In Disney/Pixar's new spectacular animated adventure WALL•E,a determined robot in a world abandoned by mankind, discovers a new purpose inlife when he meets a sleek search robot named EVE (Extra-terrestrial VegetationEvaluator).
EVE comes to realize that WALL•E (or Waste Allocation LoadLifter Earth-Class) has inadvertently stumbled on the key to the planet'sfuture, and races back to space to report her findings to the humans who havebeen eagerly waiting on board the luxury spaceship Axiom for news that it issafe to return home. Meanwhile, WALL•Echases EVE across the galaxy and sets into motion one of the most incrediblecomedy adventures ever brought to the big screen.
EVE is a sleek, state-of-the-art probe-droid. She's fast, she flies and she's equippedwith a laser gun. EVE, also calledProbe One by the Captain of the Axiom (the enormous luxury mother ship whichhouses thousands of displaced humans), is one of a fleet of similar robots sentto Earth on an undisclosed scanning mission. EVE has a classified directive and she is determined to complete hermission successfully. She hardly evennotices her new admirer WALL•E. Oneday, frustrated with not finding what she is looking for, she takes a break andmakes an unexpected bond with this quirky robot. Together, they embark on an amazing journey through space.
Animating EVE posed its share of challenges for Pixar. With only two blinking eyes and four movingparts, she required a lot of advanced thought and just the right subtle movement. Designed to look like a futuristic robot,EVE is the epitome of elegance and simplicity.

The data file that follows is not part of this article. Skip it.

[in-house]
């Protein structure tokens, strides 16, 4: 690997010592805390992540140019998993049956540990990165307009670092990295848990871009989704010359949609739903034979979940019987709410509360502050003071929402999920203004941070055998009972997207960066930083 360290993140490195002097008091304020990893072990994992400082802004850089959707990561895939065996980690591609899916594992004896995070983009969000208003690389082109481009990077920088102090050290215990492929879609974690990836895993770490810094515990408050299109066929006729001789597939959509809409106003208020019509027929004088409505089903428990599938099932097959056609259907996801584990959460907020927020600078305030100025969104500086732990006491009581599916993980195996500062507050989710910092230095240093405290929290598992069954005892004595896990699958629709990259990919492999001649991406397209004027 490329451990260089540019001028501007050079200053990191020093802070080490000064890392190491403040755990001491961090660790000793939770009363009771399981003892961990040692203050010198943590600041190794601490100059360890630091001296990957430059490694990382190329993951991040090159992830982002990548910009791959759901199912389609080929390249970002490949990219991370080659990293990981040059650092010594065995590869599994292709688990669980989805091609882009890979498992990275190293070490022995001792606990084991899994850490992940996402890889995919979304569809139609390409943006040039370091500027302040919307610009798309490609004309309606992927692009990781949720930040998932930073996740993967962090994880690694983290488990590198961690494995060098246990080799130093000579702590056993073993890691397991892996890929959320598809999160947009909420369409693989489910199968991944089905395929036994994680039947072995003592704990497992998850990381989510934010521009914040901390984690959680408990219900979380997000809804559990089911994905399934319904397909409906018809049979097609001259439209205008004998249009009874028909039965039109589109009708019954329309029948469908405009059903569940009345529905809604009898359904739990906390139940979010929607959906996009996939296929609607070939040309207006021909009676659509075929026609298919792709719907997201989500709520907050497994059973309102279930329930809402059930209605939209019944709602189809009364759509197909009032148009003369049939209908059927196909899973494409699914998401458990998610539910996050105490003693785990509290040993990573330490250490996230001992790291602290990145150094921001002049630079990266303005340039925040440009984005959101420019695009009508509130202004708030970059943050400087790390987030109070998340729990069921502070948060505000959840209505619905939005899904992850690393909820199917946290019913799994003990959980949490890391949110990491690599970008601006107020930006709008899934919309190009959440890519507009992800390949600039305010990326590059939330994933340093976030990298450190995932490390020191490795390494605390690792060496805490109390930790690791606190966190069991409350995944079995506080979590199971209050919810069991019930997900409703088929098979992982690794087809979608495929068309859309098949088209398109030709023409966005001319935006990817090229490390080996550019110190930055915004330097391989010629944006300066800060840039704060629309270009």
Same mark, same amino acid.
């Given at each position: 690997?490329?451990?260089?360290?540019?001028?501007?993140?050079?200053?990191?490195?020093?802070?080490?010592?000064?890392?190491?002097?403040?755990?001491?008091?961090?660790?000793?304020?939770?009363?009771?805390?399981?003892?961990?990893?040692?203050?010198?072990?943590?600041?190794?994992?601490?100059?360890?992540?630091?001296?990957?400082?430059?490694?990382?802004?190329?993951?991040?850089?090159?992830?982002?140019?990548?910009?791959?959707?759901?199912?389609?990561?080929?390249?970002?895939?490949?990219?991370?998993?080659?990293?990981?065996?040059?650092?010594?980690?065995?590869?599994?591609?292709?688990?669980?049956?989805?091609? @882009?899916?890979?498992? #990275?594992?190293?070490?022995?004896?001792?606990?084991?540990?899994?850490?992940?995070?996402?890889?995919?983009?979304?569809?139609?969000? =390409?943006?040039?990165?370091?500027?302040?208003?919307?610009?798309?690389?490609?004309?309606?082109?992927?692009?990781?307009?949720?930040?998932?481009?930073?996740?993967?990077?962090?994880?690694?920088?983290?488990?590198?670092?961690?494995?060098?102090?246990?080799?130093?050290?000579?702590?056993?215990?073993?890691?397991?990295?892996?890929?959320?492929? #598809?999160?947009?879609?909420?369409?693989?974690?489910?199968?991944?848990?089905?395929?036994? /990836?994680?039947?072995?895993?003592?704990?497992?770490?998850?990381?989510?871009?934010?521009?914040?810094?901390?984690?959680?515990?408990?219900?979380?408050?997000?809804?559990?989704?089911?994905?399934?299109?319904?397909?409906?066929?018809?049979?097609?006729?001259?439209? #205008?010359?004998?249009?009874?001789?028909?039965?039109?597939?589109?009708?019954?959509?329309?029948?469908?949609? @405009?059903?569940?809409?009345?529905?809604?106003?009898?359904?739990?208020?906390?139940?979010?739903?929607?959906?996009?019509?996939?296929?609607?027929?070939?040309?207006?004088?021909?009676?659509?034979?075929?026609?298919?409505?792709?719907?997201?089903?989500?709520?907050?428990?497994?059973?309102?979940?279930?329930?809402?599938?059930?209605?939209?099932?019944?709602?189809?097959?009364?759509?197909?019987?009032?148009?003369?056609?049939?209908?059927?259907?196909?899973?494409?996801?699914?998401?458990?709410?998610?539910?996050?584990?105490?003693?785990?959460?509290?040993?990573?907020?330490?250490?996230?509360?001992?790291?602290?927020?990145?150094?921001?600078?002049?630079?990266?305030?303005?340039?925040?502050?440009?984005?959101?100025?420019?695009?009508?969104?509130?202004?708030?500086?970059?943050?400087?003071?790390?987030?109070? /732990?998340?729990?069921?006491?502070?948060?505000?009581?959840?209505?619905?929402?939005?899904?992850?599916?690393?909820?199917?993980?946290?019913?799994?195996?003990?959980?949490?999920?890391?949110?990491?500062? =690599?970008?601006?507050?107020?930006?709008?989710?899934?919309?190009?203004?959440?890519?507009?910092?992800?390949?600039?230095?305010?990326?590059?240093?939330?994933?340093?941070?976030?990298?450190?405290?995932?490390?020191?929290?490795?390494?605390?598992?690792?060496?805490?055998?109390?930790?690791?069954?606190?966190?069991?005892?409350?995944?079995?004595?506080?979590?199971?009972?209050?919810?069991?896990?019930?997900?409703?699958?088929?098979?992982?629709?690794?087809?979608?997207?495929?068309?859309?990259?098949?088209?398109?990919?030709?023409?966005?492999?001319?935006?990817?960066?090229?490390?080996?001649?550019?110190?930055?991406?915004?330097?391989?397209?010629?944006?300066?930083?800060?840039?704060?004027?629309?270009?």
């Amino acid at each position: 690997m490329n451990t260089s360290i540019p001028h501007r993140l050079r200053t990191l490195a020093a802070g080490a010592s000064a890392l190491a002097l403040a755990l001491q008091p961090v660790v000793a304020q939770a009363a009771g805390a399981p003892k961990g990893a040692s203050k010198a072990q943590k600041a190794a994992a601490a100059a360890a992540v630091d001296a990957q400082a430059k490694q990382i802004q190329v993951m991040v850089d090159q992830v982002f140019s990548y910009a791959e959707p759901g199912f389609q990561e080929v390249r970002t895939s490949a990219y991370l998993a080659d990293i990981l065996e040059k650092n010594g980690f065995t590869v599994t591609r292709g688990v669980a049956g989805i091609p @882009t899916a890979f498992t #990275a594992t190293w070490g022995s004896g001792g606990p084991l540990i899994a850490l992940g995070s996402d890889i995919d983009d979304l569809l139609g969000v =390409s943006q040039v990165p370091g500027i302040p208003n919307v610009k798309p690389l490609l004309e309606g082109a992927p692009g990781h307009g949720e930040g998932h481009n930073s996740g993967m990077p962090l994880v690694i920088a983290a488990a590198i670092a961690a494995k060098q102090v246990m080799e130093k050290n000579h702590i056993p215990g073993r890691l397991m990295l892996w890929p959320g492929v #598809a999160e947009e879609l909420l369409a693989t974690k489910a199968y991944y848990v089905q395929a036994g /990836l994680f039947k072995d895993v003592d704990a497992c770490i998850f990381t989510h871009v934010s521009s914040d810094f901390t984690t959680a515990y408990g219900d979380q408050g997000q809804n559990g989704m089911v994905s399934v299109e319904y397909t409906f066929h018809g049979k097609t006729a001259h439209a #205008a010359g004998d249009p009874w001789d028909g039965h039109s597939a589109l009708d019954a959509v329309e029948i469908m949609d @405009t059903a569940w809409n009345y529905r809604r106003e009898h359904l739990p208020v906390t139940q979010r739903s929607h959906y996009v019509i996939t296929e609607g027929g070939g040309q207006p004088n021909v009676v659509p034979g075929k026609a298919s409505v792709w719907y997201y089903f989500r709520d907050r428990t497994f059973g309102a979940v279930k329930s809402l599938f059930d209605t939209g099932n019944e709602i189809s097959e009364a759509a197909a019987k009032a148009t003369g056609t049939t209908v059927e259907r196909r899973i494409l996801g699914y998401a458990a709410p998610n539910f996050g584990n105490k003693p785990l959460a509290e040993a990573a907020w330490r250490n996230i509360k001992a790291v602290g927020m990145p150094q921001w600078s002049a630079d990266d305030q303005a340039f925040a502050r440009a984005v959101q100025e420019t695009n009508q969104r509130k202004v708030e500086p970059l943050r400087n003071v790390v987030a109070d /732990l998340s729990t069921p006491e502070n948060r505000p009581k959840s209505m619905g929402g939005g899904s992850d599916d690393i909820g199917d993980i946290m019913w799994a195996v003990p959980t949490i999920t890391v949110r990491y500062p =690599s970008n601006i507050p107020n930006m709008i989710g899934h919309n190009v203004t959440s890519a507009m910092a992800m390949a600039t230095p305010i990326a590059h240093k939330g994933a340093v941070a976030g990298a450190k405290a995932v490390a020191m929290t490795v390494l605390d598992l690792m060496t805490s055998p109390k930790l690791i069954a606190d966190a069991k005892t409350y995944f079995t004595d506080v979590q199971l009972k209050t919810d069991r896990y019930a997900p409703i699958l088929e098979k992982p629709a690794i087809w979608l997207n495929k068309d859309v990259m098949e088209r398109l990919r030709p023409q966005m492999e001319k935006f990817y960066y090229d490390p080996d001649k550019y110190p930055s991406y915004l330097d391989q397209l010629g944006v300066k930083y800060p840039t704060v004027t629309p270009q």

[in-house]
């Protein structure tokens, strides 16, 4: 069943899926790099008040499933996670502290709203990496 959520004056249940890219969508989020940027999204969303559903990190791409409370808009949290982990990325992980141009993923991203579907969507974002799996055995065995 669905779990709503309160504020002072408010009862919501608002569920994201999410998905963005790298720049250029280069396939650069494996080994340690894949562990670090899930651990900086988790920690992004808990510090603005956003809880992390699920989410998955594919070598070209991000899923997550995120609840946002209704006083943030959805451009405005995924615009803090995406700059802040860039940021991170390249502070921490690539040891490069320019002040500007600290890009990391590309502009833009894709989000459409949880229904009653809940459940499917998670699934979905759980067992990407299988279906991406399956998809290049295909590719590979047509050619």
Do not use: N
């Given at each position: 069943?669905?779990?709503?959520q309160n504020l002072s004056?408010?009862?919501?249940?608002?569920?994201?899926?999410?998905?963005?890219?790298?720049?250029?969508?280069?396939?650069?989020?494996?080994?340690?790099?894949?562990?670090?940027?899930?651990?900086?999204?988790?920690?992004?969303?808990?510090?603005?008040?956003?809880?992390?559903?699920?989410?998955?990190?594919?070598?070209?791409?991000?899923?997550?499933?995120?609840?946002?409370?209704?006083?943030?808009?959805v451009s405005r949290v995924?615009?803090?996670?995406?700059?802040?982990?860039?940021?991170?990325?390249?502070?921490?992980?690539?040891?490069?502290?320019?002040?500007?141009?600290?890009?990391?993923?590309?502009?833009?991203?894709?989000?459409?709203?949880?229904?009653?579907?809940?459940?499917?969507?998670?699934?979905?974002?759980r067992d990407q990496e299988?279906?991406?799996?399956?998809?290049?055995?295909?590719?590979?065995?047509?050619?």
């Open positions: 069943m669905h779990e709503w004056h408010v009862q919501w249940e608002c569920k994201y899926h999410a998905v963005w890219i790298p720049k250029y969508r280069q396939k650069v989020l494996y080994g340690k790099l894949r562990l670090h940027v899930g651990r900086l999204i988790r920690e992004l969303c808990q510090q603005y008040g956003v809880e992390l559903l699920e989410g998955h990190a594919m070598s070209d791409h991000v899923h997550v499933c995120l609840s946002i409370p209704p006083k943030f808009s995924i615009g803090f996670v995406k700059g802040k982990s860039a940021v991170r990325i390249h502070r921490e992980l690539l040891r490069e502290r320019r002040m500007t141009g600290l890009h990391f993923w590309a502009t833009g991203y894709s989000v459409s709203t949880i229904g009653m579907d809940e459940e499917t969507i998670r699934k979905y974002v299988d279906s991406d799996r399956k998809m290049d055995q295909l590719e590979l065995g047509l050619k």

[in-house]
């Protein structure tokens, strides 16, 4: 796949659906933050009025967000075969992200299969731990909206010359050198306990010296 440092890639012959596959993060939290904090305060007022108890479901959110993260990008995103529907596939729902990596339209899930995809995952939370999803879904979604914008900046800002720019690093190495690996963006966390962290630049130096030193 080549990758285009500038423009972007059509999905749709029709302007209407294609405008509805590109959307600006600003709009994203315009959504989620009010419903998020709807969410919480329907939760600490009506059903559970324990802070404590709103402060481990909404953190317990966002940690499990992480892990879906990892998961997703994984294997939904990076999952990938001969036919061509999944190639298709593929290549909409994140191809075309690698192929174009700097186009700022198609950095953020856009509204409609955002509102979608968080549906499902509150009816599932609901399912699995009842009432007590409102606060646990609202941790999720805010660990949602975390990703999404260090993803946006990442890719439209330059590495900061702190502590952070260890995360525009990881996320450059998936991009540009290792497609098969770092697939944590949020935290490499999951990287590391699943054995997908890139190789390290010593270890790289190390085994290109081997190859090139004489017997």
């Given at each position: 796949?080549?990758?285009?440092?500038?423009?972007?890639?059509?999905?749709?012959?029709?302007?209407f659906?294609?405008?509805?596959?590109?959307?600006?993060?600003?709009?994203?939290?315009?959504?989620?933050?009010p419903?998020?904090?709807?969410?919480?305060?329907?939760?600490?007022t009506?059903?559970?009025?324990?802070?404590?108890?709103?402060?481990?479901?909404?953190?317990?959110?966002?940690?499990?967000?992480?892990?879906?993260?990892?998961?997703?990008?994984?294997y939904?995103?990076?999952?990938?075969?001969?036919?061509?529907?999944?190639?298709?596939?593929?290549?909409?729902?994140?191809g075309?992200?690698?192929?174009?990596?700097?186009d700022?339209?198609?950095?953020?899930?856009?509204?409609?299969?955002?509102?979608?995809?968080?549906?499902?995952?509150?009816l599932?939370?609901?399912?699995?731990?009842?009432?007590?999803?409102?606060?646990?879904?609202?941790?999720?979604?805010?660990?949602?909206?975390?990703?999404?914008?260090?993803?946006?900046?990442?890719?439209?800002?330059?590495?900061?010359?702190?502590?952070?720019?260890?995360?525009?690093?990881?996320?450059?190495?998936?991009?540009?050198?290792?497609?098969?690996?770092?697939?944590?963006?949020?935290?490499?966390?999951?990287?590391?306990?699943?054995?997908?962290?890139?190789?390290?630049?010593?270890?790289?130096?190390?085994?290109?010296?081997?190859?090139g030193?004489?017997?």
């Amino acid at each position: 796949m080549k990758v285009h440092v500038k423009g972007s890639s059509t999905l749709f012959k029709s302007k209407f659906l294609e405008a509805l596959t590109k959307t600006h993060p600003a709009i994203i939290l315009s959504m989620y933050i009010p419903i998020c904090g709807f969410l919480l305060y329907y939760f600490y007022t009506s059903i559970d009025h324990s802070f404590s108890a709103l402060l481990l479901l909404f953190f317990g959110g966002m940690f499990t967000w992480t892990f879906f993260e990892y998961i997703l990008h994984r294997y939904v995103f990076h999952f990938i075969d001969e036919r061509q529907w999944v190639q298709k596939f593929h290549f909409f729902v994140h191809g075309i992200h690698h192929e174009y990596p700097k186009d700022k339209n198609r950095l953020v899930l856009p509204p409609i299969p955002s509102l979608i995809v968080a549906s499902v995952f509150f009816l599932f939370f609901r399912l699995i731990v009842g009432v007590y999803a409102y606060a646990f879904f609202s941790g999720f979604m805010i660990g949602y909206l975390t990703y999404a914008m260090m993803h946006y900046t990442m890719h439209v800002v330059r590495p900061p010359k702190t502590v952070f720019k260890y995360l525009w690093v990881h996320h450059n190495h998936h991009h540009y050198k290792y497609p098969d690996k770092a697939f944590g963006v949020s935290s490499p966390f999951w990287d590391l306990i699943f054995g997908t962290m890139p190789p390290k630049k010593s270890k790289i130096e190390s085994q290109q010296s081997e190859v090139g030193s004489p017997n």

"We wanted her to be graceful," says director AndrewStanton. "There are different ways toconvey what is masculine and what is feminine in this world and we felt thatshe should be fluid, seamless, she should have attractive feminine qualities."
Animator Angus MacLane explains, "While WALL•E's movementsare more traditional with motors, gears and cogs, EVE is this sleek egg-shapedrobot who moves through the use of magnets. Every frame and composition has to be cheated ever so slightly so thatit's pleasing to the eye. She has thisgracefulness and elegance in the way she moves which you'd expect in atechnically advanced robot."
Supervising animator Steve Hunter adds, "Every plane change,every angle, and even the way her head curved around to the back when rotatedhad to be posed in a certain way to make it feel right. Everything with her had to be really, reallysubtle. Basically, she consists of onlyfour parts, and two eyes that blink. Wehad a lot of discussions about how she would move using her arms. We treated her almost like a drawing in someways and came up with just the right poses to express emotion. It's pretty amazing how much you really readinto her."
Opening soon across the Philippines, WALL-E isdistributed by Walt Disney Studios Motion Pictures International throughColumbia Pictures.